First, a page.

This course focuses on a topic not covered by the current course offerings in a department or program. [Note 1: Prerequisite set by the Department/Program when the topic and level are announced. Note 2:When a Department or Program intends to offer a course under this designation, it must submit course information, normally at least three months in advance, to the Dean. Note 3: Students may register for UNST 1991/2991/3991/4991 more than once, provided the subject matter differs.] (Format: Variable) Friday 3:30 to 4:20PM Sir James Dunn Building 111.
Introduction:
This course is an introduction to Indigenous cultures, communities, histories and revivence.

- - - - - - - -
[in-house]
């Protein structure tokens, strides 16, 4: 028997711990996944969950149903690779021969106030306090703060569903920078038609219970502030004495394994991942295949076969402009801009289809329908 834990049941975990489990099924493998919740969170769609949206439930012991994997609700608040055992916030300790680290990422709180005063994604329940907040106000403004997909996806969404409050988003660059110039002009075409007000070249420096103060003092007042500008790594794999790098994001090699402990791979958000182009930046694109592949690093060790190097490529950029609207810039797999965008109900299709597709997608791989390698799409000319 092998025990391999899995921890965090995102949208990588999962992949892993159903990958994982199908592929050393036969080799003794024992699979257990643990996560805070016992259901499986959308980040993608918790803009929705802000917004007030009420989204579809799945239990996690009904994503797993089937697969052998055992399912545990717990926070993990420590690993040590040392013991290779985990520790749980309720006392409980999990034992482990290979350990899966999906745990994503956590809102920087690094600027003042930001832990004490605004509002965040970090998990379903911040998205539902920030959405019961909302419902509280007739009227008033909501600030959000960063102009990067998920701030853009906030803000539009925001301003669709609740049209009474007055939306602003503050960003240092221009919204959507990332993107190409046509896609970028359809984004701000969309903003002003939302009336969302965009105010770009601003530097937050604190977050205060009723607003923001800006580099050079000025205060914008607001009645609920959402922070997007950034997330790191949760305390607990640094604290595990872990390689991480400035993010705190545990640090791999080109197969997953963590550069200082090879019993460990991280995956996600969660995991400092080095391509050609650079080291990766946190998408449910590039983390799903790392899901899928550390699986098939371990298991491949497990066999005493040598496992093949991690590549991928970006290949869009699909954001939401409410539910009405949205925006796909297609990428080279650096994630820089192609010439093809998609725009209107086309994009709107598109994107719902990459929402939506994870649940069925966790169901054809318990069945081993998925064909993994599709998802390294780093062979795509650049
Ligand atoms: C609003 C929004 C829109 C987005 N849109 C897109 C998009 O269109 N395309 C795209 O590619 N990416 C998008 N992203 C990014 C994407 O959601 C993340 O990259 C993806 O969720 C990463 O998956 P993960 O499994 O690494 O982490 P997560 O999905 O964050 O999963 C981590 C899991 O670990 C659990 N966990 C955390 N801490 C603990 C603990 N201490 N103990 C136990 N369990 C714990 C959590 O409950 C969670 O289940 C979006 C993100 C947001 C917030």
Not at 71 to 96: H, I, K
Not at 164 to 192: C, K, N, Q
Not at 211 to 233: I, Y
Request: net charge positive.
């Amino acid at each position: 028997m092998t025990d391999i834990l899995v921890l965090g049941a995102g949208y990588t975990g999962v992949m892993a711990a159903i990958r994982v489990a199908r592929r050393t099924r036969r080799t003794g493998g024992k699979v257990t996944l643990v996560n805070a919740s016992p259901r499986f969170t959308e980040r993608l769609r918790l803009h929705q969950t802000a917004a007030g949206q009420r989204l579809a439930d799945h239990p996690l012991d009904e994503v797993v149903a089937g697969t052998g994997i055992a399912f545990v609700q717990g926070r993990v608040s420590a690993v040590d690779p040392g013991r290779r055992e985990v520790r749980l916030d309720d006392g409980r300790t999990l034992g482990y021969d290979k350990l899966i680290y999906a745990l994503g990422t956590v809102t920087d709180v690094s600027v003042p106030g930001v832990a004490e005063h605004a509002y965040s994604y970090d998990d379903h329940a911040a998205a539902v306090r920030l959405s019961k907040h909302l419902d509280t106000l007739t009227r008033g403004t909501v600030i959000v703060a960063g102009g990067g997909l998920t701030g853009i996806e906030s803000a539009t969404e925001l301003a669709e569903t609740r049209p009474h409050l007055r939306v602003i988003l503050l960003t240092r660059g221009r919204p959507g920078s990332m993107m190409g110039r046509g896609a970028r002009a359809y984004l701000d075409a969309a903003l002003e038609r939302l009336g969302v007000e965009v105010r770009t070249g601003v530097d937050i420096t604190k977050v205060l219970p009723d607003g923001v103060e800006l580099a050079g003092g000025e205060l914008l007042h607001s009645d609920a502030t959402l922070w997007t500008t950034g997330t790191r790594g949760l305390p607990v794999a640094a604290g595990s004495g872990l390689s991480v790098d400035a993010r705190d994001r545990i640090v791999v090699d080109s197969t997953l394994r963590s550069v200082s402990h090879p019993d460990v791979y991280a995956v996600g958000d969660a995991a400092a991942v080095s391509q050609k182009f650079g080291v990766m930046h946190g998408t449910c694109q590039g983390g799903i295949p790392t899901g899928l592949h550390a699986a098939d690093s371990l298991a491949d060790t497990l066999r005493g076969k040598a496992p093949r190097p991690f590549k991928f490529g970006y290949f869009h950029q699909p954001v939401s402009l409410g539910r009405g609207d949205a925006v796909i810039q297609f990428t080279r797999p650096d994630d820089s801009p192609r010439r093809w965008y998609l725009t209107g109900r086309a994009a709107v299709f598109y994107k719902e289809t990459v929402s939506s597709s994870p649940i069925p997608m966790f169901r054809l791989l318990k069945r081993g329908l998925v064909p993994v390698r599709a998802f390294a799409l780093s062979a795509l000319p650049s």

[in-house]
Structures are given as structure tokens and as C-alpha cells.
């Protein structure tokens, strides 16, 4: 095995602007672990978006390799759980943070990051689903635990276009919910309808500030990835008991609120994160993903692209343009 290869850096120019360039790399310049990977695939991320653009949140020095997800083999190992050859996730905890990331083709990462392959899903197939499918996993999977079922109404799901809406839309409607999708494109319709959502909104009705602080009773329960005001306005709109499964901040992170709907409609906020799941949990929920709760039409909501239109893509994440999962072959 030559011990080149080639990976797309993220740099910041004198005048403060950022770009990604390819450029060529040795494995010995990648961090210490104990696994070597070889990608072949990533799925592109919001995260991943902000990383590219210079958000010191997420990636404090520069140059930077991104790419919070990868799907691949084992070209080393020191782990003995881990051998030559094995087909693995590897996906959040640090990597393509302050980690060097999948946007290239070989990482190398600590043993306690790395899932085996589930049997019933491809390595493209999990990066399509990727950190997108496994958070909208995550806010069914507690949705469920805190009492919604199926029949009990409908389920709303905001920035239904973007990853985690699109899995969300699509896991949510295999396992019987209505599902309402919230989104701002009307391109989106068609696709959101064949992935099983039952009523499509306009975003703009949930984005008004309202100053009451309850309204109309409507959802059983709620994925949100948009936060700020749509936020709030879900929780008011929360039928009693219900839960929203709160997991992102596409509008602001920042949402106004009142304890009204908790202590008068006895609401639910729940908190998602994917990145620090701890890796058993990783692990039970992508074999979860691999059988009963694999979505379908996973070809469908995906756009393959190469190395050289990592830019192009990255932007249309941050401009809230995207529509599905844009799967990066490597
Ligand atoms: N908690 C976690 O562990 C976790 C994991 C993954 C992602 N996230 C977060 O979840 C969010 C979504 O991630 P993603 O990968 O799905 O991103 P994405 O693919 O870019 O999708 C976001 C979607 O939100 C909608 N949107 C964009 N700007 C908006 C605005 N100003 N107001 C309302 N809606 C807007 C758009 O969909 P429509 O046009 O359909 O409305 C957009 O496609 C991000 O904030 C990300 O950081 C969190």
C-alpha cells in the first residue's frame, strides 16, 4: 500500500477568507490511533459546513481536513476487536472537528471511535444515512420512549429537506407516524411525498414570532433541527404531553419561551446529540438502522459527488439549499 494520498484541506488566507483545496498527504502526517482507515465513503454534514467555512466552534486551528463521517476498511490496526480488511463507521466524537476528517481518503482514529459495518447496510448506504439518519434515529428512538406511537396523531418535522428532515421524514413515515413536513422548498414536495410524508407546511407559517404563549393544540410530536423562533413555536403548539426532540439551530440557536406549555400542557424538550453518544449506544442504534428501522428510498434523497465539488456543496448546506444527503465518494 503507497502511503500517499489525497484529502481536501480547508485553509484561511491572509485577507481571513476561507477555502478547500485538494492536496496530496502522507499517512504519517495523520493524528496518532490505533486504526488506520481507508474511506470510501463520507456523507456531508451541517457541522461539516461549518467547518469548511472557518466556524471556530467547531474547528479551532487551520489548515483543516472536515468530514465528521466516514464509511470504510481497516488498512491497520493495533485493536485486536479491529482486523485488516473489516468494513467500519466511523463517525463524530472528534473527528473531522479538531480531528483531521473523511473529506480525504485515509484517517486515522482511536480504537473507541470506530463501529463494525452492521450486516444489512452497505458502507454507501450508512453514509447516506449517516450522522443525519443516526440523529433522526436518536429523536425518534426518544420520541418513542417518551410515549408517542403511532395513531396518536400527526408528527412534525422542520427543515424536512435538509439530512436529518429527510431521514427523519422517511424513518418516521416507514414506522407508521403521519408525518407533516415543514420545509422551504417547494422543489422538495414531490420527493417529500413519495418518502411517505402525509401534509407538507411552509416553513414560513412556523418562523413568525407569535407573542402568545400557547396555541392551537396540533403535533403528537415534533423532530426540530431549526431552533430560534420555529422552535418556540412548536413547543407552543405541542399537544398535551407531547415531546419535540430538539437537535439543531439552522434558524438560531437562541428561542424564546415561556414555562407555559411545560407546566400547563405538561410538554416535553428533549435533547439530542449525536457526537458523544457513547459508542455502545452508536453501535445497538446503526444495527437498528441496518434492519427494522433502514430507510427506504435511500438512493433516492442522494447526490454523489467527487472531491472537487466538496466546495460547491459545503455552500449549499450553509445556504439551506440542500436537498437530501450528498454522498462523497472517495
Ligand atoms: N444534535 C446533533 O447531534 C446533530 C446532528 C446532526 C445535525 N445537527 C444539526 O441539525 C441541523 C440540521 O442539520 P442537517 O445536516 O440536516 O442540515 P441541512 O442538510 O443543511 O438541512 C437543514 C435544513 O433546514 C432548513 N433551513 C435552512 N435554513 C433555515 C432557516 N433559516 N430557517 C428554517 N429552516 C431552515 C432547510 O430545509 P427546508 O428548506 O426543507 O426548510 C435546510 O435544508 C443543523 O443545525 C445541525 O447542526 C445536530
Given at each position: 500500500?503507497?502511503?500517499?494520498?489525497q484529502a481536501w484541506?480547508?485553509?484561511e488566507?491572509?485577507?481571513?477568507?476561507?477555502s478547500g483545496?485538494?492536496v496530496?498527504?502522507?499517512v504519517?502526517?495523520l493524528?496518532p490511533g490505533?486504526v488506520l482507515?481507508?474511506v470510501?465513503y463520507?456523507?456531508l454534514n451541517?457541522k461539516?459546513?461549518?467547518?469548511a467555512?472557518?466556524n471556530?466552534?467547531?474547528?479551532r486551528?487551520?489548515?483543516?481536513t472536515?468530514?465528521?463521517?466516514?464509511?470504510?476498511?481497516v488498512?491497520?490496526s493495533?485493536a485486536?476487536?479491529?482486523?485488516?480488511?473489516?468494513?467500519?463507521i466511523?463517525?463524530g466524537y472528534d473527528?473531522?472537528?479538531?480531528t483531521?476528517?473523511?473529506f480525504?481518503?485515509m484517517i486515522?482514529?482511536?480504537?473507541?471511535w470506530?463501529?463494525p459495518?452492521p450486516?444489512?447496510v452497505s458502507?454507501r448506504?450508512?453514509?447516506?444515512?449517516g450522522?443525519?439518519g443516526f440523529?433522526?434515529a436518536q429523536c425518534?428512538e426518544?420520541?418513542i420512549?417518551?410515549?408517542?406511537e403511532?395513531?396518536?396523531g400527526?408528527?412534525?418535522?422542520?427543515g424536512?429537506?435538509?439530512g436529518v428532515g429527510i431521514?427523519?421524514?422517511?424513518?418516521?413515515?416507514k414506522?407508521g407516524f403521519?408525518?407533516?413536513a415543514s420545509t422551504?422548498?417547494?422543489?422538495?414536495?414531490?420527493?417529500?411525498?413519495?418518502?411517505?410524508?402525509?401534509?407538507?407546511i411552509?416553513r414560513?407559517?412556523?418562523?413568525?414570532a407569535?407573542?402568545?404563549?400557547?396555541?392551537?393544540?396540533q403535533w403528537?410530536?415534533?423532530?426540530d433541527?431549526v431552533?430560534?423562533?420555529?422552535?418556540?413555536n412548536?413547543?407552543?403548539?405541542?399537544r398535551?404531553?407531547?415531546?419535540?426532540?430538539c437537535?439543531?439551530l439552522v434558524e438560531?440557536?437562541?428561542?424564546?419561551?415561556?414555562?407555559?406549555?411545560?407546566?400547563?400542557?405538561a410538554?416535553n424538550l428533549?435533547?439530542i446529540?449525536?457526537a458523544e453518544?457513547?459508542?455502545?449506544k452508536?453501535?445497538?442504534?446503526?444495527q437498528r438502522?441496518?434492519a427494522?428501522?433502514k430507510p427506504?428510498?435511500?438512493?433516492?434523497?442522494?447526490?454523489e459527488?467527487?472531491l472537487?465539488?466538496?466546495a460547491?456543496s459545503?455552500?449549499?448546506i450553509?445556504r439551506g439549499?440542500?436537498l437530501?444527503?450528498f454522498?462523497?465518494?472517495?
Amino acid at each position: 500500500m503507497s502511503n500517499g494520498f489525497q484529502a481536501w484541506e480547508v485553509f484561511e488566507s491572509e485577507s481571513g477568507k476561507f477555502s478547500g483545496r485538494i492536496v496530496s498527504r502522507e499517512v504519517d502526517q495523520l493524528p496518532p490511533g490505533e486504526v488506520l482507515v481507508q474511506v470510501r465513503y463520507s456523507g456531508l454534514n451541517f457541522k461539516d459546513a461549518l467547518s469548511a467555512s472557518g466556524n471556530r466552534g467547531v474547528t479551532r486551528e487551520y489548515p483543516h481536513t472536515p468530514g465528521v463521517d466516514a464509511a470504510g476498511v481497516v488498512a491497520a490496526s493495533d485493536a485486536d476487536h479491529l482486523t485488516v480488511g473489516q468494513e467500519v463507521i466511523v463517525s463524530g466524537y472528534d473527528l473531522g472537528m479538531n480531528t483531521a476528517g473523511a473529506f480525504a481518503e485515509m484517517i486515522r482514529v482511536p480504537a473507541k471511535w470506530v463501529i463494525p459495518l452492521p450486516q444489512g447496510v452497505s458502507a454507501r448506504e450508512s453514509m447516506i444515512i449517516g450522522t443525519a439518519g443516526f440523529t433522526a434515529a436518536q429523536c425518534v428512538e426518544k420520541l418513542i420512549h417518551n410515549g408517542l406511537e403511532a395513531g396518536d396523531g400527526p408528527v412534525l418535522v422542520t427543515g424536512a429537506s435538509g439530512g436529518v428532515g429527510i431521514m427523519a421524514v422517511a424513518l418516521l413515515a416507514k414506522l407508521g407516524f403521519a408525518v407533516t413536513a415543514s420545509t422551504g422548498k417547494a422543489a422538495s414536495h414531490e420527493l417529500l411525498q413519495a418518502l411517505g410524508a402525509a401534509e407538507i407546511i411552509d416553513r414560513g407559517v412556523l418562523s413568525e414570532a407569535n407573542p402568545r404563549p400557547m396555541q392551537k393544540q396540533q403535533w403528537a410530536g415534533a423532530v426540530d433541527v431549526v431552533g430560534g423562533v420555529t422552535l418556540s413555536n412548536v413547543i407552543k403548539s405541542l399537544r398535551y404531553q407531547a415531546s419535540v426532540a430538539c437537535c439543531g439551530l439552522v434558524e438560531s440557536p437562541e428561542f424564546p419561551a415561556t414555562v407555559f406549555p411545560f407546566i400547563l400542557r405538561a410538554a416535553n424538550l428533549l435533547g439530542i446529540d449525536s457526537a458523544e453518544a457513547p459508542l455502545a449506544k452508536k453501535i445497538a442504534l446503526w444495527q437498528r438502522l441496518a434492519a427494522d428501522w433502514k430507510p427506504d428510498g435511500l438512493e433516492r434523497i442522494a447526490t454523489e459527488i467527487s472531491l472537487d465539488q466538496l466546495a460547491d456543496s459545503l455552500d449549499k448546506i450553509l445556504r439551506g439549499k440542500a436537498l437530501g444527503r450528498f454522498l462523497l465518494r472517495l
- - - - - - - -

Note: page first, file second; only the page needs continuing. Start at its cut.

This course presents a decolonized and Indigenous view of the past and present, with a focus on the Western Hemisphere (the Americas), and links to Indigenous communities, events, and people around the world across time and place. As Indigenous people’s contributions to science, agriculture, art, music and humanity has historically been minimized or ignored in education, it is presented here from an indigenous worldview, providing an insider’s perspective and understanding of issues faced by Indigenous Peoples. How Indigenous people are reshaping our world through activism, environmentalist, and politics, including at a global level will be discussed. The course materials include one text book, academic articles and book chapters, and as well films, and media materials, many are written from an Indigenous perspective by Native American and First Nations academic scholars.